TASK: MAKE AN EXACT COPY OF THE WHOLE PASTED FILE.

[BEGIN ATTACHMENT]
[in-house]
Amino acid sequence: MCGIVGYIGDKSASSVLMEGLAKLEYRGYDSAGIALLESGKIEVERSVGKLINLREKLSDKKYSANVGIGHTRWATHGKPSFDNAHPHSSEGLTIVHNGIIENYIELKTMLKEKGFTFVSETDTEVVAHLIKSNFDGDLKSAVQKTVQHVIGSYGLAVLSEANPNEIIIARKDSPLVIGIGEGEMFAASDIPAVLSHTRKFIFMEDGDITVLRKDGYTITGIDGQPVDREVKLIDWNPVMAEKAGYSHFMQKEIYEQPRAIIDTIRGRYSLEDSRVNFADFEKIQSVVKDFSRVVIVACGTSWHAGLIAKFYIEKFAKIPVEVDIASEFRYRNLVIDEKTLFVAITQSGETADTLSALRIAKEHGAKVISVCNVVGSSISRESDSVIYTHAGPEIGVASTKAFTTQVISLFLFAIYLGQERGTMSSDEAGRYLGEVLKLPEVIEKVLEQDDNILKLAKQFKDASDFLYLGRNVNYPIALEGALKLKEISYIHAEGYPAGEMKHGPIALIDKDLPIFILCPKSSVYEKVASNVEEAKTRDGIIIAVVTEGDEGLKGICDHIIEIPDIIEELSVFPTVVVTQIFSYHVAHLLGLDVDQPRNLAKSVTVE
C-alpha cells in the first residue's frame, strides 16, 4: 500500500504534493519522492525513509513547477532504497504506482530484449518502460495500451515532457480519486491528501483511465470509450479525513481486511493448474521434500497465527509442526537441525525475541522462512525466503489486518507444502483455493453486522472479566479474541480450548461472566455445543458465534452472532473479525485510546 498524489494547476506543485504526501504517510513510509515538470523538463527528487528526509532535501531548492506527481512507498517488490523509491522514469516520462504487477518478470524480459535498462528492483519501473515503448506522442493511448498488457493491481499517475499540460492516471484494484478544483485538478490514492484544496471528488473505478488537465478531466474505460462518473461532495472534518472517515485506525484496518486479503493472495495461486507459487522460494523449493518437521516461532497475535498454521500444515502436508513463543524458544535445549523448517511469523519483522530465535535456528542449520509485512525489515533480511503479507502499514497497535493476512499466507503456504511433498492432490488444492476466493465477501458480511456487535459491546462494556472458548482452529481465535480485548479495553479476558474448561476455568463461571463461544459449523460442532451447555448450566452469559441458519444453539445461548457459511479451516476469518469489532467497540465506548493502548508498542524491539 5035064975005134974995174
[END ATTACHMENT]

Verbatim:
[in-house]
Amino acid sequence: MCGIVGYIGDKSASSVLMEGLAKLEYRGYDSAGIALLESGKIEVERSVGKLINLREKLSDKKYSANVGIGHTRWATHGKPSFDNAHPHSSEGLTIVHNGIIENYIELKTMLKEKGFTFVSETDTEVVAHLIKSNFDGDLKSAVQKTVQHVIGSYGLAVLSEANPNEIIIARKDSPLVIGIGEGEMFAASDIPAVLSHTRKFIFMEDGDITVLRKDGYTITGIDGQPVDREVKLIDWNPVMAEKAGYSHFMQKEIYEQPRAIIDTIRGRYSLEDSRVNFADFEKIQSVVKDFSRVVIVACGTSWHAGLIAKFYIEKFAKIPVEVDIASEFRYRNLVIDEKTLFVAITQSGETADTLSALRIAKEHGAKVISVCNVVGSSISRESDSVIYTHAGPEIGVASTKAFTTQVISLFLFAIYLGQERGTMSSDEAGRYLGEVLKLPEVIEKVLEQDDNILKLAKQFKDASDFLYLGRNVNYPIALEGALKLKEISYIHAEGYPAGEMKHGPIALIDKDLPIFILCPKSSVYEKVASNVEEAKTRDGIIIAVVTEGDEGLKGICDHIIEIPDIIEELSVFPTVVVTQIFSYHVAHLLGLDVDQPRNLAKSVTVE
C-alpha cells in the first residue's frame, strides 16, 4: 500500500504534493519522492525513509513547477532504497504506482530484449518502460495500451515532457480519486491528501483511465470509450479525513481486511493448474521434500497465527509442526537441525525475541522462512525466503489486518507444502483455493453486522472479566479474541480450548461472566455445543458465534452472532473479525485510546 498524489494547476506543485504526501504517510513510509515538470523538463527528487528526509532535501531548492506527481512507498517488490523509491522514469516520462504487477518478470524480459535498462528492483519501473515503448506522442493511448498488457493491481499517475499540460492516471484494484478544483485538478490514492484544496471528488473505478488537465478531466474505460462518473461532495472534518472517515485506525484496518486479503493472495495461486507459487522460494523449493518437521516461532497475535498454521500444515502436508513463543524458544535445549523448517511469523519483522530465535535456528542449520509485512525489515533480511503479507502499514497497535493476512499466507503456504511433498492432490488444492476466493465477501458480511456487535459491546462494556472458548482452529481465535480485548479495553479476558474448561476455568463461571463461544459449523460442532451447555448450566452469559441458519444453539445461548457459511479451516476469518469489532467497540465506548493502548508498542524491539 5035064975005134974995174